Monday, 5 July 2010

AMEC, the engineering and project management services company, goes nuclear

25 June 2010   Martin Li

According to the investors chronicle, nuclear work offers impressive growth prospects for companies, such as AMEC, who win contracts to decommission nuclear reprocessing and power stations. Clearly a company with shareholders will put profit first and foremost. What effect will this have on safety? Who will pay for this decommissioning? The Government, i.e. we, the taxpayers, will pay for it. Should we be paying for this company to increase their profits over decommissioning?

Analysts reacted positively to a recent visit hosted by energy and environmental consultant, AMEC, to the Sellafield nuclear site - where the group is working on a decommissioning framework contract. The nuclear segment accounts for around 10 per cent of AMEC’s revenues but a larger share of profit - estimated at 16 per cent - due to higher margins.

AMEC set out an ambitious growth programme last December entitled Vision 2015, which aims to more than double earnings per share to over 100p in 2015. Growth in the nuclear segment is part of a wider improvement in the Power and Process division's revenues and margins. With older nuclear plants reaching the end of their lives and coming up for decommissioning, the building of new nuclear plants will be vital to the UK's future energy security.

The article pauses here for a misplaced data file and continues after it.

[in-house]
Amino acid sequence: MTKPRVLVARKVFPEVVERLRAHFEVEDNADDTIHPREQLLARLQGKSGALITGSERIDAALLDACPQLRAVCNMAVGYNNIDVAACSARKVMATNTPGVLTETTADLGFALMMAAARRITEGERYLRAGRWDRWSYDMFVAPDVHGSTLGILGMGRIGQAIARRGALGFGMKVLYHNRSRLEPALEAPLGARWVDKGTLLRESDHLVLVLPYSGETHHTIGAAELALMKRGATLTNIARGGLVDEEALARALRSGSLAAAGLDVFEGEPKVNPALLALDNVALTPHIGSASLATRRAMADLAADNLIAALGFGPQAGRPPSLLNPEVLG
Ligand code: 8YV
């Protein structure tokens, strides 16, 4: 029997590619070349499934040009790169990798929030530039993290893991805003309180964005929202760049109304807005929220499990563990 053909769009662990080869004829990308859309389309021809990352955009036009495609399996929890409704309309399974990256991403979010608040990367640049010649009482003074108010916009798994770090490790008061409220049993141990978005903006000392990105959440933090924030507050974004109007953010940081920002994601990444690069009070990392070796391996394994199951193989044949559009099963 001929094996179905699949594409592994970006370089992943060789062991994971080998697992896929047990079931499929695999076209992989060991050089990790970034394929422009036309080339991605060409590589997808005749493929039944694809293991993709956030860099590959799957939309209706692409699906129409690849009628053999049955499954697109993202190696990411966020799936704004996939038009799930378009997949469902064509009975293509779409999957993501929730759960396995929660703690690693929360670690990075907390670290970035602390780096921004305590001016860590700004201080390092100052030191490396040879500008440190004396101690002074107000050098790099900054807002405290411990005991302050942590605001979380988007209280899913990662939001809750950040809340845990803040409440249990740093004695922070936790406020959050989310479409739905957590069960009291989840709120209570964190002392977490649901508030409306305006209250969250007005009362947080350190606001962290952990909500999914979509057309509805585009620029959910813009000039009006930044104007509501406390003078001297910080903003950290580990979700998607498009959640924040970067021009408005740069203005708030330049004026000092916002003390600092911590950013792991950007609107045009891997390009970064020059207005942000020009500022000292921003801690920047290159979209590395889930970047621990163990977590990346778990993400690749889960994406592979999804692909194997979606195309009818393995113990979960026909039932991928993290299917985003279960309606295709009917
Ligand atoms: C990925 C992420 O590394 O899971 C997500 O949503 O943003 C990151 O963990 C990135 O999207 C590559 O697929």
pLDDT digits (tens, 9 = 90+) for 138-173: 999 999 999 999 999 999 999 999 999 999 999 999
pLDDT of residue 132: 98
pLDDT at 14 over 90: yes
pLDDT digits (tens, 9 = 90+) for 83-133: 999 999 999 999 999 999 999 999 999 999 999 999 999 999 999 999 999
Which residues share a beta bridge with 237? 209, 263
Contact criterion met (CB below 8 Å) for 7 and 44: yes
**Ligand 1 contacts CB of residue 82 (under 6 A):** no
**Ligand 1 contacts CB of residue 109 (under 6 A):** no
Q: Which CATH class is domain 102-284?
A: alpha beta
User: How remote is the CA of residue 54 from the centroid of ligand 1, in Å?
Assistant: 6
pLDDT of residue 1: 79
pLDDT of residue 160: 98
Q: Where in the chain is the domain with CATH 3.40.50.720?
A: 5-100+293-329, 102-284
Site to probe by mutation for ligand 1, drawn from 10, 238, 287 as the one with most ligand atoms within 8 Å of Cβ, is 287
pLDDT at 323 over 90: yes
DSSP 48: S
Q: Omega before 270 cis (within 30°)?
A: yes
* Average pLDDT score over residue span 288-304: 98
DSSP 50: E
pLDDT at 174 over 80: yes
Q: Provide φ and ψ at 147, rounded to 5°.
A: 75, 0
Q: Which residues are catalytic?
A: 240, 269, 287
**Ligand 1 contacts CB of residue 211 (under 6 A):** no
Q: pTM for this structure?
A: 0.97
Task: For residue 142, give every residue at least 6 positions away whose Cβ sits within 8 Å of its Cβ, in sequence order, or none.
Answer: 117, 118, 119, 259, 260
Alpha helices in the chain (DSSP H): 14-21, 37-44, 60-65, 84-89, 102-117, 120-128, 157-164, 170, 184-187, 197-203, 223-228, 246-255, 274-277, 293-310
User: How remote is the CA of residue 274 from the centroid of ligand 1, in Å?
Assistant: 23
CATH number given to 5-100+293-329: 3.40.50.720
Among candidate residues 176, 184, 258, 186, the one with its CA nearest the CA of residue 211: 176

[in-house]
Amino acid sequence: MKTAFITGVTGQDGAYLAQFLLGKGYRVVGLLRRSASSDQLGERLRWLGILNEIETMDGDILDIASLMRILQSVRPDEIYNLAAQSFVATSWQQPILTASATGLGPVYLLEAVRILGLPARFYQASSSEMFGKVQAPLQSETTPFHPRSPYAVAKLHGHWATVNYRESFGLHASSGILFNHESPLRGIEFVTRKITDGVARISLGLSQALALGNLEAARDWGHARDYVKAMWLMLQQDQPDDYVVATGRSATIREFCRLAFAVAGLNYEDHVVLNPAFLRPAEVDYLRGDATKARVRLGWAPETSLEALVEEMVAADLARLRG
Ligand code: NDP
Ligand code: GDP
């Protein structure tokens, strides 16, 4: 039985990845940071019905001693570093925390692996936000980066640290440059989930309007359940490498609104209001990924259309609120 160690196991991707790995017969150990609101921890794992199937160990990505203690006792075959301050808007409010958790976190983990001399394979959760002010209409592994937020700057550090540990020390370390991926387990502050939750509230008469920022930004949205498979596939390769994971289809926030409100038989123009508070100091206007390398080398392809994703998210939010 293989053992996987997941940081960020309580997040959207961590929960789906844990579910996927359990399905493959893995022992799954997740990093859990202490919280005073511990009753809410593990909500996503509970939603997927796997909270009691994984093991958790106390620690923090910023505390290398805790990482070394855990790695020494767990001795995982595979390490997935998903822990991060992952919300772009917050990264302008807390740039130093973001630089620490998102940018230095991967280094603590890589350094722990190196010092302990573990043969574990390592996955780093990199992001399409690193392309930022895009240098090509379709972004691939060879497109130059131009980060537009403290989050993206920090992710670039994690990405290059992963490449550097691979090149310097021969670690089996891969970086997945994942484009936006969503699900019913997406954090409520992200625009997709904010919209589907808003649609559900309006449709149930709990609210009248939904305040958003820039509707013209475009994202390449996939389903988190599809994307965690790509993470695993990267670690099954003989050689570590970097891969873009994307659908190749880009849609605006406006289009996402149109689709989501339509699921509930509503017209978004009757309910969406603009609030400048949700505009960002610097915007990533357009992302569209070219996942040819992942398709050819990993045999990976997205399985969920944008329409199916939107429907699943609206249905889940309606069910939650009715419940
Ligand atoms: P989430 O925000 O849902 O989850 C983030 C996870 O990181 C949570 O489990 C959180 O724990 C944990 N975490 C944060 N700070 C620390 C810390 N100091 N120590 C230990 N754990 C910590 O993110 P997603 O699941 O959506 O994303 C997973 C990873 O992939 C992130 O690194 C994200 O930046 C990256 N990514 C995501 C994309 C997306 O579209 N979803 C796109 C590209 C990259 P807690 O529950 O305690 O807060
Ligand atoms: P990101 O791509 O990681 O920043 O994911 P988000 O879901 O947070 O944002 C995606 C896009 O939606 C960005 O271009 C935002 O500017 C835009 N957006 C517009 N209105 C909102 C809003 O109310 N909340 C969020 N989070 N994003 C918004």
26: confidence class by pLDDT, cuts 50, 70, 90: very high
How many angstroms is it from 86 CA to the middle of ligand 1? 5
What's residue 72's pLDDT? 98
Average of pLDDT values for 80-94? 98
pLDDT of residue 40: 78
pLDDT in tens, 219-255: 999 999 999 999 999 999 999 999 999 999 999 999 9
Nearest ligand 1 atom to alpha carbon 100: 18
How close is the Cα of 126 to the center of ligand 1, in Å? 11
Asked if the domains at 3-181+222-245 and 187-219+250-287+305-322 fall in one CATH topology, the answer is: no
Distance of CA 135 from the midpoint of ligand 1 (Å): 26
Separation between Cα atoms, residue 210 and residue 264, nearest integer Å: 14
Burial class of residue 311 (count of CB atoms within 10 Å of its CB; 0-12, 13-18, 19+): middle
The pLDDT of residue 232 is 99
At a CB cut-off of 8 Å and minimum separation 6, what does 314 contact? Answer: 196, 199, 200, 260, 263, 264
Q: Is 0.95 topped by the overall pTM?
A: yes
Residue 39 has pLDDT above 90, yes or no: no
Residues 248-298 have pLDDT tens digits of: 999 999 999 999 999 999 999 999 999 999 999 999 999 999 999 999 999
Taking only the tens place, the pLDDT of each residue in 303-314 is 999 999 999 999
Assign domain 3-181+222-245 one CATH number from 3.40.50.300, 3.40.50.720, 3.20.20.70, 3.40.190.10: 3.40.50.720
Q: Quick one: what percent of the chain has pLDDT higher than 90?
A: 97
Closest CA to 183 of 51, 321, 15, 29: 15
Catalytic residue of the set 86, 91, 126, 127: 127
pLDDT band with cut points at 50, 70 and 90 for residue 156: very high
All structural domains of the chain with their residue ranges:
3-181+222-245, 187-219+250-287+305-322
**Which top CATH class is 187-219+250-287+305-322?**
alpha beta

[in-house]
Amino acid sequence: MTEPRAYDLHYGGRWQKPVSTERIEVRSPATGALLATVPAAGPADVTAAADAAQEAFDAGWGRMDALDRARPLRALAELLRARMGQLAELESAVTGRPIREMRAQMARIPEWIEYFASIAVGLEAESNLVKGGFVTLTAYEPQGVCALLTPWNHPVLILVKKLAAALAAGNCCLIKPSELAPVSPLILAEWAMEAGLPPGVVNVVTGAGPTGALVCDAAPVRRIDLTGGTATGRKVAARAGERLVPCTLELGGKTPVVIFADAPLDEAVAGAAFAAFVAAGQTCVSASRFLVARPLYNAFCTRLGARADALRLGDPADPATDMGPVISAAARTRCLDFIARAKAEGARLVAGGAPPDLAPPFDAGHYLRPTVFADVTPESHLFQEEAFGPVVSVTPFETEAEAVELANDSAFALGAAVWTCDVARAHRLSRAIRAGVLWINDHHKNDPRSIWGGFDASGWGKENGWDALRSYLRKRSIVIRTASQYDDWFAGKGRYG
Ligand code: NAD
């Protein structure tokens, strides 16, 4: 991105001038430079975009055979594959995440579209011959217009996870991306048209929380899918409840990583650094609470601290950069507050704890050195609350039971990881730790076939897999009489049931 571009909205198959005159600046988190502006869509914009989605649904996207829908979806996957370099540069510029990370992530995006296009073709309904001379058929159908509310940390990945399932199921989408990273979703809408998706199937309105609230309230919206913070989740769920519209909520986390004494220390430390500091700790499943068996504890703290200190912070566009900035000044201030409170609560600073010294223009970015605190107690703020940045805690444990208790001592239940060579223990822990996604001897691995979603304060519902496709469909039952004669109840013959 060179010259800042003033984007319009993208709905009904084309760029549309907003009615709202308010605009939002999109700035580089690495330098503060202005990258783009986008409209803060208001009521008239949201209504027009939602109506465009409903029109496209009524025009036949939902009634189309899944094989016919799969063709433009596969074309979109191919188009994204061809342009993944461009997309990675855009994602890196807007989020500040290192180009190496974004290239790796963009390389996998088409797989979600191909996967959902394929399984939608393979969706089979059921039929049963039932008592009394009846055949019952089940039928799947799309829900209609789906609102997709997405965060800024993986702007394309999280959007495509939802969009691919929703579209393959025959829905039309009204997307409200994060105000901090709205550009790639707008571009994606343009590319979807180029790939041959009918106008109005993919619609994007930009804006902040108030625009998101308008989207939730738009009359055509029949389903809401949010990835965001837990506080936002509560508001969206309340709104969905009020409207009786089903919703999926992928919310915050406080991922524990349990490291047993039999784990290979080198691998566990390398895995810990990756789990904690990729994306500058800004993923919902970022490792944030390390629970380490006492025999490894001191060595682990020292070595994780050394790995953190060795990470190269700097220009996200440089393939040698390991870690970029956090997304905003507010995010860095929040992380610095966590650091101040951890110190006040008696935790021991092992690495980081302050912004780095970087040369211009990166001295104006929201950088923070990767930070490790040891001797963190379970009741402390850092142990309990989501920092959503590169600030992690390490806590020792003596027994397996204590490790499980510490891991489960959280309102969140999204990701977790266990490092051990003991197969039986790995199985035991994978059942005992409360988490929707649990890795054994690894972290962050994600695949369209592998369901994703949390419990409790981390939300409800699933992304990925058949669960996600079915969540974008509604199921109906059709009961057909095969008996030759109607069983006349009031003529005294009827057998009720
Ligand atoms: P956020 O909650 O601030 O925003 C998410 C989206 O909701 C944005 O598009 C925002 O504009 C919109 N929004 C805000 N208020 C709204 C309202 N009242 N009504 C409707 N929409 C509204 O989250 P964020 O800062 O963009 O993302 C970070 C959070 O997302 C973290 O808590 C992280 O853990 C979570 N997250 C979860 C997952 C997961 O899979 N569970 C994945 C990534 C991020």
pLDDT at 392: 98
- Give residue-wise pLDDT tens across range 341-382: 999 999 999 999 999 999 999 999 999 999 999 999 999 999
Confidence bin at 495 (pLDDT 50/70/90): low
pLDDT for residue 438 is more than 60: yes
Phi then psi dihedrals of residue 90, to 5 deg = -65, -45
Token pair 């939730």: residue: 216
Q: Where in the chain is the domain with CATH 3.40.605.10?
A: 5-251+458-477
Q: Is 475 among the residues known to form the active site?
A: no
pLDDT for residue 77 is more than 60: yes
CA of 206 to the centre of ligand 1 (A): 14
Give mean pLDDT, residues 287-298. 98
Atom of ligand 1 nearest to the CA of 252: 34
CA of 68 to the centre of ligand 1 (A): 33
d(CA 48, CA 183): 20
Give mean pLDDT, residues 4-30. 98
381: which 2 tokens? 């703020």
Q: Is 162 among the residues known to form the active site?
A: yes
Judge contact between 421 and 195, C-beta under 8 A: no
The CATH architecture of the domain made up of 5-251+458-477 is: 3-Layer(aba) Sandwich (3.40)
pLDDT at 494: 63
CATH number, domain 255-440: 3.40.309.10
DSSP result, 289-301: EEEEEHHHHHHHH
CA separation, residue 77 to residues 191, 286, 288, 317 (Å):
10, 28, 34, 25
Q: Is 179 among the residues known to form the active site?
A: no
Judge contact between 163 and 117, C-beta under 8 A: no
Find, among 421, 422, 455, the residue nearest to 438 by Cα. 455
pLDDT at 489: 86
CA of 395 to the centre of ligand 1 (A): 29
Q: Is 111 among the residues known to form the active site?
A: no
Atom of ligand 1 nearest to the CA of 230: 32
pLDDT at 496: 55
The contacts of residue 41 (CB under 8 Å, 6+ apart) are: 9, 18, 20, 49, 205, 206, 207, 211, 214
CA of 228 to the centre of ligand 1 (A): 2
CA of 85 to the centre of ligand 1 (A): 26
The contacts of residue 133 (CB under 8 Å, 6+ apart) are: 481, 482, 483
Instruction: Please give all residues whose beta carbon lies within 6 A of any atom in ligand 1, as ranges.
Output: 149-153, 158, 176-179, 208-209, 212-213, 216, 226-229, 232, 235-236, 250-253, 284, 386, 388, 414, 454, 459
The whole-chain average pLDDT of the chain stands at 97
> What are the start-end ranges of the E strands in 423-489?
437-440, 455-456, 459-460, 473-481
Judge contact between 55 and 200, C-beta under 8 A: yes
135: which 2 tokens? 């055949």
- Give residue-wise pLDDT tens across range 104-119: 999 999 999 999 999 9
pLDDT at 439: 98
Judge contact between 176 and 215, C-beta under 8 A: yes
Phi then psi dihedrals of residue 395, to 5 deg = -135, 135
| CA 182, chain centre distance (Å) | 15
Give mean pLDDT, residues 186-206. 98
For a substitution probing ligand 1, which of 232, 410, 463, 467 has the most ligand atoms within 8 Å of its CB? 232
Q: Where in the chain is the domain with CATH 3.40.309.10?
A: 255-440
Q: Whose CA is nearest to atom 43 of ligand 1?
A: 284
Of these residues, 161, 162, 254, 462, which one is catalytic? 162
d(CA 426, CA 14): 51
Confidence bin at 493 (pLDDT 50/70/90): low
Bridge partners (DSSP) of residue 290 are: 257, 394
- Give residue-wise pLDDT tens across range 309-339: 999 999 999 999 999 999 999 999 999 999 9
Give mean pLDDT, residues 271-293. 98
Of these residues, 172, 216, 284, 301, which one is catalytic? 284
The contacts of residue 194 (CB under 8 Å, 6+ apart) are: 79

The peak workload on building new plants will be reached in around 2020, according to brokers, and could boost AMEC's revenues by up to £150m a year. This is equivalent to over 60 per cent of existing nuclear revenues and could equate to an uplift of 30 per cent on the entire Power and Process division’s 2009 profits.

AMEC is exposed to the nuclear sector through the Sellafield contract, as well as having a strong international position, particularly in Canada. This was a good opportunity for buy and sell side analysts to understand AMEC’s exposure to the expanding nuclear sector and to learn about the company’s strategy for growth. We continue to believe that, with Vision 2015 expecting EPS of more than 100p by said date, as well as continued efficiencies and targeted acquisitions, the shares still offer substantial upside.
We continue to believe that AMEC offers the best risk-and-reward balance in our oil services coverage. The shares offer an excellent combination of strong growth (13 per cent per EPS growth per year for 2009-13) and low risk. We think the valuation is compelling, with a cash-adjusted price to earnings ratio of only 10.5 times 2011's earnings and 25 per cent upside to our discounted cash flow valuation. We also think the ability to replicate the Sellafield contract, as future decommissioning management contracts become available at Douneray and the Magnox sites, is a material source of potential upside.


GoodValueGrowth at AMEC's nuclear business could well help it deliver on its Vision 2015 targets and the Sellafield contract provides a solid base from which to expand. What's more, and after stripping out the hefty £743m cash pile, the shares - at 840p - aren't demandingly rated for such prospects. Long-term good value.

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